By: Jimi LaLumia
Our yearly update of those who are still missing
IGGY & THE STOOGES:
It’s mind blowing that The Velvet Underground (deservedly) made it in right away, but all the other bands associated with the origin and growth of punk, hardcore and grunge continue to be overlooked. As a frontman and a solo artist, Iggy Pop is now a global legend. People know of him without even knowing why, (yes, sort of like me!) This is one of the most severe strikes against the R&RHOF as it has been for years.
NEW YORK DOLLS:
Another band that has been so influential, yet consigned to the shadows. They were certainly never cover material for Rolling Stone, who were more geared toward earth shoes than platforms. This year the surviving Dolls reunited, toured, released a critically acclaimed CD, DVD, a great book by Kris Needs, and “NY Doll” the highly regarded theatrical release of the Arthur Kane story. Will anything ever be enough to get them in?
Along with The Stooges, The Dolls and The Velvet Underground, MC5 were part of a movement of bands united by uncompromising stances and material as well as true rock and roll rebels who comprised these lineups. The MC5 have also enjoyed their share of documentaries, books, and other hoopla in recent years, and deserve the long overdue acknowledgement.
Bowie’s in and Marc Bolan is not, and that’s just so wrong. T.Rex is what helped edge Bowie further and further into his Ziggy Stardust-era glam rock mode. Marc Bolan is the true pioneer of glam/glitter rock, and the artist most responsible for returning rock to it’s stomping, “hit singles” roots, especially in the UK, where Bolan dominated the album and singles charts at the dawn of the 70s.
MOTT THE HOOPLE:
Originally artsy, prog-rock, then glitter/glam by default (after Bowie swayed them into his Mainman web), they deserve entry just for “All The Young Dudes.” The fact is that they have such a strong body of work, and Ian Hunter continued to excel after the group disbanded. Their exclusion is yet another HOF crime.
The ground breaking priestess of punk has come close once or twice, but she runs into the same closed door every time. There is no denying how powerfully she affected an entire generation of females who were drawn to participate in rock and roll because her style broke down every existing stereotype that might have still been lurking around.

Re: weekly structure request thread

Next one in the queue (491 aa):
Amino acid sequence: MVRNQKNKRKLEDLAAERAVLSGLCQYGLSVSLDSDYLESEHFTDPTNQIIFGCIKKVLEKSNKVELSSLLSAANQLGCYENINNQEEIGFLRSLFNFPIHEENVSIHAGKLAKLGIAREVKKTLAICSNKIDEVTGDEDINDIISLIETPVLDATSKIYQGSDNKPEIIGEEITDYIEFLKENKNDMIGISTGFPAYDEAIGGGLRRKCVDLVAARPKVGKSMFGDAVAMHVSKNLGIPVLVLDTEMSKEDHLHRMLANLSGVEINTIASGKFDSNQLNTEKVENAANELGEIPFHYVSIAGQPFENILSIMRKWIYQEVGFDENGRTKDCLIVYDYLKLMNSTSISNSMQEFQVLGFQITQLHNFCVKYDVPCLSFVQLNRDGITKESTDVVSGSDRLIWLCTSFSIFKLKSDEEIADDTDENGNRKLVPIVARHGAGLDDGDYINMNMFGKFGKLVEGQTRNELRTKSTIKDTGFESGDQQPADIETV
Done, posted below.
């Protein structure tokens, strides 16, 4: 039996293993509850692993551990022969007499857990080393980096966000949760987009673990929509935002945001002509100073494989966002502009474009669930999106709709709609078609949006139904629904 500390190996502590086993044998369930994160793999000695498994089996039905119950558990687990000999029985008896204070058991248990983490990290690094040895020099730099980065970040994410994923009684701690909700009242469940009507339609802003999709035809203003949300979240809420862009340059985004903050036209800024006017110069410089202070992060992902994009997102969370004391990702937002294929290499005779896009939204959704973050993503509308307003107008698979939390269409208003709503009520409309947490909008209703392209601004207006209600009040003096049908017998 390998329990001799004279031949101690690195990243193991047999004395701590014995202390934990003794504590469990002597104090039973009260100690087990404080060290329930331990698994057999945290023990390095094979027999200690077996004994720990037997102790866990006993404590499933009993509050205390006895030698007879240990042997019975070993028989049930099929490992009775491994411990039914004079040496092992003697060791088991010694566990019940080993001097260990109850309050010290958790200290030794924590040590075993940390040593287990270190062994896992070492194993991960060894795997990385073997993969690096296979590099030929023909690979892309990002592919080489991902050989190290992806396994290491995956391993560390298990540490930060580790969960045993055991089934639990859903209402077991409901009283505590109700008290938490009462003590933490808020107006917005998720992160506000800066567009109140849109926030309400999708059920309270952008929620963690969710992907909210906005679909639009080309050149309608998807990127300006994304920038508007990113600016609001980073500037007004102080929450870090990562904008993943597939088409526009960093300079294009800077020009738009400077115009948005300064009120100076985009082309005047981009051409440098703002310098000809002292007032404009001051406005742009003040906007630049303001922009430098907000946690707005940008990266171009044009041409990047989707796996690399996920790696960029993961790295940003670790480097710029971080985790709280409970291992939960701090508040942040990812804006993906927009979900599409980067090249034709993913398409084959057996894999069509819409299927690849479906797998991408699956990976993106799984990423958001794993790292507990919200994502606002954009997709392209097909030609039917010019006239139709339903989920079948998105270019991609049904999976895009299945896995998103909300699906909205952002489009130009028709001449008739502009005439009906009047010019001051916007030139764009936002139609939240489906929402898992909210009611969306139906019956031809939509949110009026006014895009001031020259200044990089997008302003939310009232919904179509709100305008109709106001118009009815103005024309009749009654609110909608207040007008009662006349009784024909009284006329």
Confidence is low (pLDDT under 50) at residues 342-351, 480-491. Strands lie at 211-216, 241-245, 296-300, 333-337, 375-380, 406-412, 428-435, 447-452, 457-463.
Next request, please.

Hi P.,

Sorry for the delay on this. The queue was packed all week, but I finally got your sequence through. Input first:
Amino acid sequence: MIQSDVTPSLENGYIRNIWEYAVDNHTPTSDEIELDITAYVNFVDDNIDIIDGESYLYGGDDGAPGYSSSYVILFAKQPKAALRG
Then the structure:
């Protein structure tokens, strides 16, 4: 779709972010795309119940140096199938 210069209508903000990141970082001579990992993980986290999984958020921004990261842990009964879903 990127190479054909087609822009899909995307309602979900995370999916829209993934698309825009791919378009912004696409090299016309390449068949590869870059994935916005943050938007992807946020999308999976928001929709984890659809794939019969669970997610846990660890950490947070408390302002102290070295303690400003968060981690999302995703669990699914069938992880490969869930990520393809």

As goes KISS, so goes Cooper, who initiated the children of the early 70s into the rites and rituals of going to stadium shows and buying every single and album on the release date. Alice Cooper rocked hard and his early albums highlight a great body of work. Most importantly, he re-introduced show biz into rock and roll, and I happen to think that’s a good thing.
Old-timer number one. His prominence during “Twist Mania” must be acknowledged if there is any justice in the world. His flow of hits got kids dancing to teen music after a period of late 50s pap, his contribution is very real and he belongs in.
Old-timer number two. Motown’s Supremes are in there, and so are Motown’s Martha & the Vandellas, but the label’s first girl group continues to stand in the shadows. The Beatles thought enough of this group’s sound and songwriting to cover “Please Mr. Postman,” and that track, by the way, became Motown’s first ever #1 single on Billboard’s Hot 100 Singles Chart. The very first Motown #1! C’mon! Plus the group had numerous other fab hits like “PlayBoy,” “The Hunter Gets Captured By The Game,” “Don’t Mess With Bill,” and “My Baby Must Be A Magician” to name but a few. Let justice be served!
YES, KISS! At the end of the day, if it really is a Rock & Roll Hall Of Fame, then KISS belongs in it. They saved an entire decade from disco, keeping rock’s head above water while signed to Casablanca, the ultimate disco label at one point in time. Based on their first five albums and because they symbolize rock and roll to so many, the fact that they are not included in the Hall just seems ridiculous.